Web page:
This week in tax: UN votes to take tax leadership role


The UN General Assembly agreed a resolution on Wednesday, November 23, that could kickstart a shift in the balance of power in global taxation away from the OECD.

The resolution opens the way for a UN tax convention and for the establishment of new international tax institutions. It sets up a potential clash between the UN and the OECD, which has dominated the global tax landscape for 60 years.

Alex Cobham, chief executive at the Tax Justice Network (TJN), welcomed the news as history in the making. He also criticised the role of the OECD in global reform.

“The OECD has been unprecedentedly aggressive in its lobbying but could hardly have failed more completely as the resolution passed by unanimous consensus,” said Cobham.

The measure also enables the UN to monitor, evaluate and decide global tax rules, according to TJN.

It was proposed by the African Group, which represents the 54-member state African Union.

UK collected £358m in DST revenue, says report

HM Revenue and Customs received £358 million ($432 million) in digital services tax receipts for the year 2020-21 – 30% more than the UK tax authority had expected – according to a National Audit Office investigation published on Wednesday, November 23.

The NAO investigation showed that 90% of DST revenues came from only five business groups, while just 18 companies in total paid the tax due to its scope and design.

Multinationals have also showed little initiative to lower their DST liability. Fourteen out of the 18 groups paid more tax than expected under the UK regime. As a result, HMRC collected more revenue than it projected.

The UK government introduced the DST in 2020 to ensure that multinational groups – mostly US technology companies – pay their fair share of tax. However, the measure is expected to be replaced by the OECD’s pillar one in 2024.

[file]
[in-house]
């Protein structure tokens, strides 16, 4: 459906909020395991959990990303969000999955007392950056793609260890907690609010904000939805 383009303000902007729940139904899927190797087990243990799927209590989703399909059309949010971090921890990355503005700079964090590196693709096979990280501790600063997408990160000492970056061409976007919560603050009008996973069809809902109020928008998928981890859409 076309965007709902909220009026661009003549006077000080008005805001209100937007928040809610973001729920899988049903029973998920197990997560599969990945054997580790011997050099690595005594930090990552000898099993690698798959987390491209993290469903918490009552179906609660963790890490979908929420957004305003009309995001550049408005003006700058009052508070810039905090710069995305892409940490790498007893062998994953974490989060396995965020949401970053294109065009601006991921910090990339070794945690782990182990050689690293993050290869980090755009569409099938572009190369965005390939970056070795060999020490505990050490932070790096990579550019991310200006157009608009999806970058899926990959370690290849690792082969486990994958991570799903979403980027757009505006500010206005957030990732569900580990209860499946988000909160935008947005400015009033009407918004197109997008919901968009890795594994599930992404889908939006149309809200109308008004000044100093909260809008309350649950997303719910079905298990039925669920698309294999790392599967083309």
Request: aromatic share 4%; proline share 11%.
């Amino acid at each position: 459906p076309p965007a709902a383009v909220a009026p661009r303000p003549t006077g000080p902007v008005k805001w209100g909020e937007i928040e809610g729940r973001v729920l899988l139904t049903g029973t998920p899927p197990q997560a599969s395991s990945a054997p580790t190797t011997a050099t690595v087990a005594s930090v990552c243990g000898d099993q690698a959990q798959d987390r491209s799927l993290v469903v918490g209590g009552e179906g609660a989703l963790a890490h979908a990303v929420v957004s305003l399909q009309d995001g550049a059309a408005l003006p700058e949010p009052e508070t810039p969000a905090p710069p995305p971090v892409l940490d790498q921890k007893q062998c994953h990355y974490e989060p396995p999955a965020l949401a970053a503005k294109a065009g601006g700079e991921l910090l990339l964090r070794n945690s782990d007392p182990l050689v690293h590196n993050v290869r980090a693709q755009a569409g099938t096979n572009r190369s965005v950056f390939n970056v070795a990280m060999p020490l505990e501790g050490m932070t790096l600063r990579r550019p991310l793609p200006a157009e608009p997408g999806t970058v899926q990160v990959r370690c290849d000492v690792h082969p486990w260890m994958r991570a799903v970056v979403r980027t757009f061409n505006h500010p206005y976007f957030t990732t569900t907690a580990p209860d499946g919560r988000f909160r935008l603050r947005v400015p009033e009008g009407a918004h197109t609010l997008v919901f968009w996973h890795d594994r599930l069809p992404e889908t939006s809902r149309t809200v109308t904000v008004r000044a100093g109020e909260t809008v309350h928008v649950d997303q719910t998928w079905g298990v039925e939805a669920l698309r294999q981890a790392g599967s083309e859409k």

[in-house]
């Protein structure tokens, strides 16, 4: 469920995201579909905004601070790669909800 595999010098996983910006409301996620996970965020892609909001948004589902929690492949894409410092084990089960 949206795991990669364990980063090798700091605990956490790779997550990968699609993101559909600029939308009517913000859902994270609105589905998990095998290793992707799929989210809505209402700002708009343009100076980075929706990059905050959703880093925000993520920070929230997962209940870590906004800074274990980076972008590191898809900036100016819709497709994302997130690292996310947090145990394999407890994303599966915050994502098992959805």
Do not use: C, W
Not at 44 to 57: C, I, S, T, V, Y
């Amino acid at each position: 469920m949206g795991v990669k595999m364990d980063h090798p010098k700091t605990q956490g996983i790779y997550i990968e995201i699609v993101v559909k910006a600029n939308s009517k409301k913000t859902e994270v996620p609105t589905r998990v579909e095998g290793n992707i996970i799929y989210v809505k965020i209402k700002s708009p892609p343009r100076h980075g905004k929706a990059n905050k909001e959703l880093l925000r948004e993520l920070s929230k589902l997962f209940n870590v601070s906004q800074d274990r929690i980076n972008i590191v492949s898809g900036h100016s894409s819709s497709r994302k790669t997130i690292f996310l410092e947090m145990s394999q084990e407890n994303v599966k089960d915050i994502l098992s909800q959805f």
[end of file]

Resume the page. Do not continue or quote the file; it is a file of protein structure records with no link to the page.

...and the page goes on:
Automakers want US tax concessions on Chinese materials

Car companies including Ford and Volkswagen reportedly asked US regulators to revise tax credits for electric vehicle production on Tuesday, November 22, requesting that the credits limit the use of China-sourced components.

President Joe Biden approved the hard-won Inflation Reduction Act in August after months of wrangling in Congress. The legislation includes a category on foreign entity of concern for any company doing business in blacklisted countries such as China, Russia, Iran and North Korea.

As a result, companies like Ford could be denied tax credits for producing EV batteries with components sourced in China. The Michigan-based car company is lobbying for a threshold to allow a certain amount of Chinese-sourced materials in EV batteries.

German automaker Volkswagen wants the US to adopt a threshold of 10% or less for Chinese-sourced materials. This would allow such EV manufacturers greater flexibility at a time when supply chains are under strain.

CJEU rules against public beneficial ownership

The Court of Justice of the EU ruled on Tuesday, November 22, that public beneficial ownership registers are incompatible with the EU Charter of Fundamental Rights.

All EU member states were required to open beneficial ownership registers to the public after the Fifth Anti-Money Laundering Directive came into force in 2018. This applied to corporations, trusts and other legal entities.

However, the CJEU found that these measures breach Articles 7 and 8 of the CFR – which concern the right to privacy and data protection.

The court also found that the gathering of such data is sufficient for cracking down on money laundering and terrorist financing. But the court deemed it unnecessary to make such data open to the public.

As a result of the ruling, EU governments in countries such as Luxembourg and the Netherlands are now blocking access to their beneficial ownership registers. This is seen as a step backwards by transparency campaigners.

ITR will take an in-depth look at the UN’s decision to take a greater role in tax matters and what this means for taxpayers and the future of global tax reform. The OECD may be about to lose its dominant position in international tax policy.

Meanwhile, ITR will speak to tax leaders about how some tax authorities are creating confusion for multinationals by applying inconsistent TP principles on different transactions. Tax authorities are too often making abrupt and arbitrary decisions when it comes to TP standards, especially if the first decision doesn’t yield the desired result.

Readers can expect these stories and plenty more next week. Don’t miss out on the key developments. Sign up for a free trial to ITR.

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